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'[OT]: Doing Science (was Re: [OT]: ENOUGH'
2001\06\06@232303 by Russell McMahon

picon face
> What I'm seeing here is a misunderstanding of the scientific
> method and the difference between hypothesis and theory.

Where, where ? :-)
Are you referring to my comment on the evolution theory?
If so I'm puzzled as I don't think I suggested I was antiscience in any way
at all.
If not I've missed the point (not unknown).
I'm pretty sure I understand the scientific method and what "doing science"
does (should) involve.
BIMBW.

> _AM_ a scientist.  What science is about is objectivity.  It
> is a systematic and objective way of looking at stuff.  It
> involves observation and testing to sort stuff-that-works
> from stuff-that-doesnt-work.

I'm an engineer, but use "science" as a tool as required.
I like the tool.

> Just don't disparage tools you've never used.

Indeed.
Although one can comment on SOME unused tools from one's experience with
others.

{Quote hidden}

I don't think I suggested you shouldn't use what works for you.
I also didn't say it was hard solid immutable fact - as some do.
I didn't mention startigraphy or plate tectonics but have no trouble with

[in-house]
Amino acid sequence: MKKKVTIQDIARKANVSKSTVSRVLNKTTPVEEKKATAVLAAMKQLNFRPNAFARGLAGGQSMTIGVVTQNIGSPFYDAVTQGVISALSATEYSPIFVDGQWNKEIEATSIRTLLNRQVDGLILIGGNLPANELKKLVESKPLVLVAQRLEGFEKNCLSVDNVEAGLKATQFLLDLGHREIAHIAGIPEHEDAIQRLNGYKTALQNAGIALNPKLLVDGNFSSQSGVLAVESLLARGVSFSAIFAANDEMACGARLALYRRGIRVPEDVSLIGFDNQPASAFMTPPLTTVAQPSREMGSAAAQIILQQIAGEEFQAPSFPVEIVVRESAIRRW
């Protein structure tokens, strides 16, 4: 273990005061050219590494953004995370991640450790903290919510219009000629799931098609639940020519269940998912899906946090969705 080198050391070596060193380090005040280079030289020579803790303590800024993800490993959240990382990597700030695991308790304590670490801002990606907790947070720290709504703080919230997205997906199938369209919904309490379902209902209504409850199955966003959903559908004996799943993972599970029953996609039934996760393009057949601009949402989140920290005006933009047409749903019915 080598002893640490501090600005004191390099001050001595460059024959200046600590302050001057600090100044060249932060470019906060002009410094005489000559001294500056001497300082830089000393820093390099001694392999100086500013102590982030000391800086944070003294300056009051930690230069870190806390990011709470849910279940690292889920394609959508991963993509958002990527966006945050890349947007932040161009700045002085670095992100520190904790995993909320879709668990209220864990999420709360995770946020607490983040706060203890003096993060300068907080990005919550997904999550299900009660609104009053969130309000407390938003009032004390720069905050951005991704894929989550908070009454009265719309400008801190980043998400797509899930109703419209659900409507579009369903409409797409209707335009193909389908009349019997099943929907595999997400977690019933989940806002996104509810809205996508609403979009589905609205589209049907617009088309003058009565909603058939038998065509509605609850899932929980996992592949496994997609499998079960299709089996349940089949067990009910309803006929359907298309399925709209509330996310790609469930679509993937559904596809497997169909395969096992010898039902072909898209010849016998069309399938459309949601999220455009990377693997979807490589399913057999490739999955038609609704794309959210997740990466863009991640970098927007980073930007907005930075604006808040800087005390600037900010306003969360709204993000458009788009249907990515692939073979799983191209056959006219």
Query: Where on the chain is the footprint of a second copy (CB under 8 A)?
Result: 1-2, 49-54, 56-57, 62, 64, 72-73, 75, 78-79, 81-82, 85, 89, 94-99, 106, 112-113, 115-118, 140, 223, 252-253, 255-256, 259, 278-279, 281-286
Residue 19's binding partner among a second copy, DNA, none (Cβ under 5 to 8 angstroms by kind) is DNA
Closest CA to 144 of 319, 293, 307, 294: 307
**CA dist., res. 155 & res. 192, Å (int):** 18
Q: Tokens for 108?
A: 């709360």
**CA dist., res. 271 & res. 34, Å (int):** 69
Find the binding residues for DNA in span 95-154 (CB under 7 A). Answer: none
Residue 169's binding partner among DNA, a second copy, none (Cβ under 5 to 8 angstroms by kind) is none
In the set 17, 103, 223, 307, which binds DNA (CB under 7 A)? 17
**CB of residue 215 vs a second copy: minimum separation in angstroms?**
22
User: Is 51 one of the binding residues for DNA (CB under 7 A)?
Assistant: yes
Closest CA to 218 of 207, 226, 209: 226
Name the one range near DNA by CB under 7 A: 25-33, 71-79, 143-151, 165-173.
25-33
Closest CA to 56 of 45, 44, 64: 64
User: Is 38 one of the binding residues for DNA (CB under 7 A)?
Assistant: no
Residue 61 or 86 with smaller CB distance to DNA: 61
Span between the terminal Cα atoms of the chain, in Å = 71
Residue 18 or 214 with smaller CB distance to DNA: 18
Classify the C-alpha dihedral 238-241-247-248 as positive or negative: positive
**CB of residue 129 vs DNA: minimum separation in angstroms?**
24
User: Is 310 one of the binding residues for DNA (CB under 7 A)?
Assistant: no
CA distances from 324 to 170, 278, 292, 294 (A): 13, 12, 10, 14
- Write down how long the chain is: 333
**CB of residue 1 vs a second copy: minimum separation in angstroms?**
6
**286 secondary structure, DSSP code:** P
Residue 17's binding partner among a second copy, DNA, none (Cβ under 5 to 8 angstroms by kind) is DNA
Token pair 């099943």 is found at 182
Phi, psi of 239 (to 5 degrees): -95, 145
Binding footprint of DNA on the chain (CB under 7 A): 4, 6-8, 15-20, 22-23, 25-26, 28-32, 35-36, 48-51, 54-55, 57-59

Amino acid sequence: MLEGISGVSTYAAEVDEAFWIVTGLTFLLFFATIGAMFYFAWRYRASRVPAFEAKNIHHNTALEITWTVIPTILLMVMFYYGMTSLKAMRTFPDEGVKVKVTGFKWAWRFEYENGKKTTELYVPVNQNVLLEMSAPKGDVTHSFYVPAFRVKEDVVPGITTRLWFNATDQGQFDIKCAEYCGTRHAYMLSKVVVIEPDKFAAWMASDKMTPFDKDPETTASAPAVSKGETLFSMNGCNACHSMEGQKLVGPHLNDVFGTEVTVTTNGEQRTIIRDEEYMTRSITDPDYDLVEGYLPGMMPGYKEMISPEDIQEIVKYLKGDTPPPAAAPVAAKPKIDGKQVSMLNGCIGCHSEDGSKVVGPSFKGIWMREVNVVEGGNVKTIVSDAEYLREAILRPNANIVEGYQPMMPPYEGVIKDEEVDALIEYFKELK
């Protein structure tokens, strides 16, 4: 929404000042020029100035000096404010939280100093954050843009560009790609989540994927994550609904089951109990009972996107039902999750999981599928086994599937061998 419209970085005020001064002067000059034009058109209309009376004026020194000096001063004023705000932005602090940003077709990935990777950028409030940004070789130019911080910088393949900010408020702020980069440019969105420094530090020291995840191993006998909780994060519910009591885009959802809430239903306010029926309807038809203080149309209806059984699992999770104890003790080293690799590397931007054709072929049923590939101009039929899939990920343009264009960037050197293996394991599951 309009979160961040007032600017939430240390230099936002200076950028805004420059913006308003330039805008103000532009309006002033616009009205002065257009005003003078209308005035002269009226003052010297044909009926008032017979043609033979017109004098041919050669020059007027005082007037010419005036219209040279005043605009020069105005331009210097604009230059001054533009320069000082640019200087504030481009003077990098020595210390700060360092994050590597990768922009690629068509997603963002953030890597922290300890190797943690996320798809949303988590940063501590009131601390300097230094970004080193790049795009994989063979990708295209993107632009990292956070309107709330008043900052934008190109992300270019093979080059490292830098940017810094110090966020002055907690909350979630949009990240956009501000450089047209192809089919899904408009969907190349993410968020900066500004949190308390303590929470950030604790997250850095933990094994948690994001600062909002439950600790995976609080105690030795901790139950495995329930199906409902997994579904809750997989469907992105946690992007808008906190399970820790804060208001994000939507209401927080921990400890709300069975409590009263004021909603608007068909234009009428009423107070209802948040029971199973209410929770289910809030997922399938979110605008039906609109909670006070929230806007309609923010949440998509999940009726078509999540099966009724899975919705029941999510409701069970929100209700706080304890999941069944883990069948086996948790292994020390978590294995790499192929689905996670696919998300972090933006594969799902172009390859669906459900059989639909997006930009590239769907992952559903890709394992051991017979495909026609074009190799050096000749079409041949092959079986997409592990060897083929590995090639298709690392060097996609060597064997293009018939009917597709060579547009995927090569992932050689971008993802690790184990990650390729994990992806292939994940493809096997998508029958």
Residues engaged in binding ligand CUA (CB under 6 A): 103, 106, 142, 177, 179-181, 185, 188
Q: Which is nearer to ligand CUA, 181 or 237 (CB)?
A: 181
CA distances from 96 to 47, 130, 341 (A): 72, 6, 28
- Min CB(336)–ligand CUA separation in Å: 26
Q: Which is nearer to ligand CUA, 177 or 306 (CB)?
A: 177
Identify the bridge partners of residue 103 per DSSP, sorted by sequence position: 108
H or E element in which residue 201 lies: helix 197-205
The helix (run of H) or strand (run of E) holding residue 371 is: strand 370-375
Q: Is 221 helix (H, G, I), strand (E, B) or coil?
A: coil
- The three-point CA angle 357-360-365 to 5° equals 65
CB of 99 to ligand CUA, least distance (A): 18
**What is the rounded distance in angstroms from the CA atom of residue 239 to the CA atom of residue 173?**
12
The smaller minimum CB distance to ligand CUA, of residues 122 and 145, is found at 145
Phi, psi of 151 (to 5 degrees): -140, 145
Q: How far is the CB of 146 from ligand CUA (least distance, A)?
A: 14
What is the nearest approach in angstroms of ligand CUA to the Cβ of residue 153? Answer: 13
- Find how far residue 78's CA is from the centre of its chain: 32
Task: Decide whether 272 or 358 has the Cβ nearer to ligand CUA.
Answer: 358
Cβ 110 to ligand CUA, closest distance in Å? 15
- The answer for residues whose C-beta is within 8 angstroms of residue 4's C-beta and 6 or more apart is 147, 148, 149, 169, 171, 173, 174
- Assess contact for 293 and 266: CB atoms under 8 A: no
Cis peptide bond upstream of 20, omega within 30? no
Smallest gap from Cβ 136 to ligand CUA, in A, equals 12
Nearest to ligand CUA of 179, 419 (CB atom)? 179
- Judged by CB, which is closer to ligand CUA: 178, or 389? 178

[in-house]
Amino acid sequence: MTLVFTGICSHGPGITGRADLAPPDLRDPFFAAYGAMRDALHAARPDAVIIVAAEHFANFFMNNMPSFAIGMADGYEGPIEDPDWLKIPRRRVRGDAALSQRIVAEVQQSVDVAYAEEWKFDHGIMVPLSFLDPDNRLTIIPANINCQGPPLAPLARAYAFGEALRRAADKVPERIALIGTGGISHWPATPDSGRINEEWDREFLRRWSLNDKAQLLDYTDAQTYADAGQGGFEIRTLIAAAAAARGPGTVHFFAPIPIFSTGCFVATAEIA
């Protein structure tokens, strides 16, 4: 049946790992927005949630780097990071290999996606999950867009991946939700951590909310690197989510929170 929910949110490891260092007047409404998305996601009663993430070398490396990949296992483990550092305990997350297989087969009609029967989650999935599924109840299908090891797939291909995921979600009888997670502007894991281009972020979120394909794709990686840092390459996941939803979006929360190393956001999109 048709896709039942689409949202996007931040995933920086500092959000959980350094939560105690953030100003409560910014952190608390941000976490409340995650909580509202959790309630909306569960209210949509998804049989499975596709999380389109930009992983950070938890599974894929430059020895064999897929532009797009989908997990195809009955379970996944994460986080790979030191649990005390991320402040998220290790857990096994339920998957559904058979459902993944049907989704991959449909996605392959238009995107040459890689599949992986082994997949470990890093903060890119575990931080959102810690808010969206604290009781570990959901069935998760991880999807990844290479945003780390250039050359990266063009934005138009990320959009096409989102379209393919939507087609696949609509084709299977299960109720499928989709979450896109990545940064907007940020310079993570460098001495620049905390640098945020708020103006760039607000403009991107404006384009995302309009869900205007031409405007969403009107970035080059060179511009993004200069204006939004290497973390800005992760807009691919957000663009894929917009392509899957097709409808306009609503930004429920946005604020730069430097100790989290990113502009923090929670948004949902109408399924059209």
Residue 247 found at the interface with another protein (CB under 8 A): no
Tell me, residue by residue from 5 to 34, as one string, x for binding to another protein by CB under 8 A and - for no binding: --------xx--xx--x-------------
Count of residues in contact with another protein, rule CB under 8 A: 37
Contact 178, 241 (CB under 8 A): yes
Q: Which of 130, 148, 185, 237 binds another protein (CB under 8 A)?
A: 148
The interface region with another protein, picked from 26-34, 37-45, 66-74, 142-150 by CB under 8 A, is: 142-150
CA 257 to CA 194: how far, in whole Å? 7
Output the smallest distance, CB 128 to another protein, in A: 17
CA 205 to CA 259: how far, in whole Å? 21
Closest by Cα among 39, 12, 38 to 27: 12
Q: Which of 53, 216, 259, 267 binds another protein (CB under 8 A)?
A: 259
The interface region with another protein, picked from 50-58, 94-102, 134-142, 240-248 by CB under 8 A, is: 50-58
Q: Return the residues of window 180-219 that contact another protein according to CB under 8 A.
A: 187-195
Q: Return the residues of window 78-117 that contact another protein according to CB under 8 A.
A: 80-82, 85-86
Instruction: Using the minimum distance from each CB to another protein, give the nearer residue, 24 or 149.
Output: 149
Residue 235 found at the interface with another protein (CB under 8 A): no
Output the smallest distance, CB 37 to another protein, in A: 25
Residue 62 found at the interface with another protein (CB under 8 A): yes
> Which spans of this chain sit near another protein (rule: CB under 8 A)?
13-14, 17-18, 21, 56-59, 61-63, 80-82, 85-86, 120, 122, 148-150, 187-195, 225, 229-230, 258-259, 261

people establishing models of what appears to have happend in the past based
on observations. Withoutv this process we would not now HAVE the undoubtedly
useful theory / model of Plate Tectonics.

I didn't say the theory of evolution was wrong.
I didn't need to - ALL scientific theories of complex real world systems are
wrong by definition.
As a model for what happened it has a certain degree of success and a
certain degree of failure. If the model is useful by all means use it while
keeping your eye out for the flaws tht suggest another round of hypothesis,
experiment and erefinement are in order. Thta is what the punctuated
equilbrium & hopeful monsters people are doing (although the various
branches of evolutionary thought will largely not agree with each other that
each others proposals are reasonable additions to the model).

Plate tectonics had a very troubled birth with all the then experts
rubbishing the theory for literally decades.
They all look prettty stupid now (as they ought to).
Still doesn't mean the model is perfect but it does SEEM to be going in the
right direction.
However, one can be lulled into immensely false security by extrapolating
such sucess into certainty.